Step 8: Tooling Part 1: the Swivel Knife
To create the details on the leaves in my design, I used a few different leather tools to carve and texture the outlines I had already traced onto my leather.
The leather needs to be wet throughout this process so I always kept a sponge and water nearby, and re-cased my leather when it started to dry out.
The first tool I used on each design was the swivel knife. This is a carving tool that allows you to cut grooves into your leather where you want to define lines or the edges of patten elements. You hold the knife with your thumb and middle finger while your index finger rests in the saddle at the top. Push down on the knife with your index finger while pulling it forward and guiding it around curves with your other two fingers. The action takes a some getting used to, but with a little practice it becomes fairly simple.
I used this tool to outline the veins on all my leaves. I found that it was useful to rotate my leather around as I worked to give myself a good angle for each stroke.
Step 9: Tooling Part 2: Modeling and Stamping
Once I had outlined my leaf veins with the swivel knife, I used two additional tools to texture the leaf design.
First I used a pointed modeling spoon to press down the areas around the veins of the leaf and slightly round the edges of the veins themselves.
Then I stamped with a textured beveling tool in the same areas I had just pressed down with my modeling spoon Using this tool increases the relief of the veins in relation to the rest of the leaf and and adds a nice texture.
Step 10: Cutting
When I had finished detailing my leaves, I cut them out along the outlines I had traced. As someone who works with fabric a lot I am more comfortable with scissors than an exacto knife, so I used leather shears whenever possible, but in some of the more detailed areas of thicker leather (like the leaves of the headpiece) I used a combination of hole punch and exacto knife.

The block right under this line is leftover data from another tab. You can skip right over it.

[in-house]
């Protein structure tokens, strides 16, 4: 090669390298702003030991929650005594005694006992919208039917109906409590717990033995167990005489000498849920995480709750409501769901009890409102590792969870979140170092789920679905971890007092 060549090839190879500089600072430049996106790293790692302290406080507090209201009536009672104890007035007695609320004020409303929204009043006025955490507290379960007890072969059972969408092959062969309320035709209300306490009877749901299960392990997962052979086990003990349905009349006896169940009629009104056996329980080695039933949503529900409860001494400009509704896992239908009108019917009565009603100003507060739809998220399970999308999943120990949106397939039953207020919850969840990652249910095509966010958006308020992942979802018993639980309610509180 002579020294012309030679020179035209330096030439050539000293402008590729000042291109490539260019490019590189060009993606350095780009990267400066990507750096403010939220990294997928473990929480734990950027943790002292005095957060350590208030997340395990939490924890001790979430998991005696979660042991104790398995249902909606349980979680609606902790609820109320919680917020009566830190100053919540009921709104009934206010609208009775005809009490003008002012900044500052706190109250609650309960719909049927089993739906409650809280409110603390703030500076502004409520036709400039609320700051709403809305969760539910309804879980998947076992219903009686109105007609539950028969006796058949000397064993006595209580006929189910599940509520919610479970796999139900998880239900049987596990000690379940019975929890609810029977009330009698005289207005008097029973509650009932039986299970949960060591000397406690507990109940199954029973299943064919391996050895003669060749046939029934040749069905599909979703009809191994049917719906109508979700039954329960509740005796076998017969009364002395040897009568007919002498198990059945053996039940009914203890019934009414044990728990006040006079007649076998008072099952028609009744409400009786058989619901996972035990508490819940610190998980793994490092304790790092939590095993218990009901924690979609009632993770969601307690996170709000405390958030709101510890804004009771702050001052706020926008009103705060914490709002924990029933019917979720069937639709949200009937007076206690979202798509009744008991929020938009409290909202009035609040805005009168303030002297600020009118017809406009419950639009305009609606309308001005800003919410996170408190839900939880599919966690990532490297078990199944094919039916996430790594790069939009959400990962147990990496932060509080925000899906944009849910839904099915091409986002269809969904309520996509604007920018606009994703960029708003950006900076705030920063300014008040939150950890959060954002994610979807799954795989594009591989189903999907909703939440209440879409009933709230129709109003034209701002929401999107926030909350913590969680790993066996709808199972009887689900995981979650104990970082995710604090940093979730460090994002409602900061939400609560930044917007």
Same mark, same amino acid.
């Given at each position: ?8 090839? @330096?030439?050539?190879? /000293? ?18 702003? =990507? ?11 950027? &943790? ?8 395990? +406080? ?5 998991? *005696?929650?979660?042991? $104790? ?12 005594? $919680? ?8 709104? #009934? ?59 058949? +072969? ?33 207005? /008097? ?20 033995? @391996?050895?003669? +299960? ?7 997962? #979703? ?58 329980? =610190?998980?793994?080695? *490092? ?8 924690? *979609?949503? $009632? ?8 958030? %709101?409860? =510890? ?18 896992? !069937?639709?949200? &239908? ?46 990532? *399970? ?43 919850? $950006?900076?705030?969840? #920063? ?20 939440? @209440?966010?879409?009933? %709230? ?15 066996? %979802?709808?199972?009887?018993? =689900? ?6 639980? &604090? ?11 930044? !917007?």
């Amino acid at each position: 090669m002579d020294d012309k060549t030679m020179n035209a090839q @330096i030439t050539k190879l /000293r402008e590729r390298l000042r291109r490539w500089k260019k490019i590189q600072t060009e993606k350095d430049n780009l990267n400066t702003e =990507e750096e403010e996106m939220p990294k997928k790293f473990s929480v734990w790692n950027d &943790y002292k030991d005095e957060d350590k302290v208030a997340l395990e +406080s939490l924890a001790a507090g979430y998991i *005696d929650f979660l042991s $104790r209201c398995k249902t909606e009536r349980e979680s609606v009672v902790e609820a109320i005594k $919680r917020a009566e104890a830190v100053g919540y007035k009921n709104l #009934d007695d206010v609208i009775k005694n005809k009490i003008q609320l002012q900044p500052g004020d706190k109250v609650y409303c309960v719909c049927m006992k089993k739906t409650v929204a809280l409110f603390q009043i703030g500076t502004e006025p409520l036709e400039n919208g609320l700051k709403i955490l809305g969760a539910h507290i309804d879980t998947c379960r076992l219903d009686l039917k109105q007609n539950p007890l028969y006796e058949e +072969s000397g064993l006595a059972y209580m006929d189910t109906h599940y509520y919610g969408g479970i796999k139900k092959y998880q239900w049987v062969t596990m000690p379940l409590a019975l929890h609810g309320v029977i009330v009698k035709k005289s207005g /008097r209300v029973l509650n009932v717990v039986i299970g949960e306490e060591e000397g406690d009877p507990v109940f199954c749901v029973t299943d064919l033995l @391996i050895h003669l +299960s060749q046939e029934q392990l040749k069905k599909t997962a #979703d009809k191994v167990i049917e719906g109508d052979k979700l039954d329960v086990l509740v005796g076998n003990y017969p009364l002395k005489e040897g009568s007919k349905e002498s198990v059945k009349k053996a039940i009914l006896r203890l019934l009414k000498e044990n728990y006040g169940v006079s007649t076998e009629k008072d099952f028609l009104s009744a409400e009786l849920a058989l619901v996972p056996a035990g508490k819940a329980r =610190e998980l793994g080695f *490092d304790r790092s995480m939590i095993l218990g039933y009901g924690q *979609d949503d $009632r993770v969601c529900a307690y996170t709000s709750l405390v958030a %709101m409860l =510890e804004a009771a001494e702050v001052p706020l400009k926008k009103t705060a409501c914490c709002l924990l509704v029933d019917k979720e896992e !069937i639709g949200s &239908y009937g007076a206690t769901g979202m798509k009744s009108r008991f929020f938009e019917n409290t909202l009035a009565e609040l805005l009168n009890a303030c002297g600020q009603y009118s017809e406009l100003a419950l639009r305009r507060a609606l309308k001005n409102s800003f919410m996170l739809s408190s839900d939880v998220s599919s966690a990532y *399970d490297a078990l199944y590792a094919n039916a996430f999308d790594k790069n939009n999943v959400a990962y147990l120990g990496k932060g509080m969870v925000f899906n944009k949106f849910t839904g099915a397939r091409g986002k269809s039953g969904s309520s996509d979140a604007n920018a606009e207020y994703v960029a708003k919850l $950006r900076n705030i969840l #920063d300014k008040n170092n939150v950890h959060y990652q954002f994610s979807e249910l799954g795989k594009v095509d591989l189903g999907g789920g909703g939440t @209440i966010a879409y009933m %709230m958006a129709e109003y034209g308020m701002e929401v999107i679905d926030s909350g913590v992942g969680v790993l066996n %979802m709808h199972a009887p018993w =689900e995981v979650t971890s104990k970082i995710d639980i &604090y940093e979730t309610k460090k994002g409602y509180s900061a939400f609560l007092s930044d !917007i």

On my pocket pattern I cut a V shaped slit along the top of the leaf to allow the flap to close over the front of the pocket. I also used my V-gouge to score the fold lines on the front piece so they would fold more cleanly.
I waited to cut out my bracers until after I had painted and dyed them.
Step 11: Shaping
Once my headpiece was cut out I wanted to give it a bit of shape, so I cased it with water and then sculpted the leaves a little so they looked more three dimensional. I put it back on the head form, taped it down in the shape I wanted and left it to dry overnight.
Step 12: Marking and Punching the Pocket
The only part of this project that required a little hand sewing was the pocket. Once I had it all cut out, I used thin double sided tape to stick the two layers together the way they were going to be attached. Then I cased my leather and used my stitching groover to mark a stitching line about 1/8" in from the edge of the pocket. I followed this line with my stitching chisel, punching sewing holes through both layers all the way around.
Step 13: Leaf Decomposition
I often think leaves are the most beautiful when they're starting to decompose, so once I had tooled and cut out all my pieces, I decided I wanted to add some decompositional detail to some of them.
I altered the pocket pattern piece to add some holes an other ragged details, then I traced this onto the leaf I had already tooled for the pocket and used my hole punch and exacto knife to cut away the areas I had traced. Last I used a Tandy matting stamp to give some areas of the leaf a rough texture.
I also added decomposition to two of the leaves that would be attached to the headpiece strands. I didn't create a pattern for these changes, I just used my exacto and hole punch to nibble away at the leaves in strategic areas, then added texture with my matting stamp.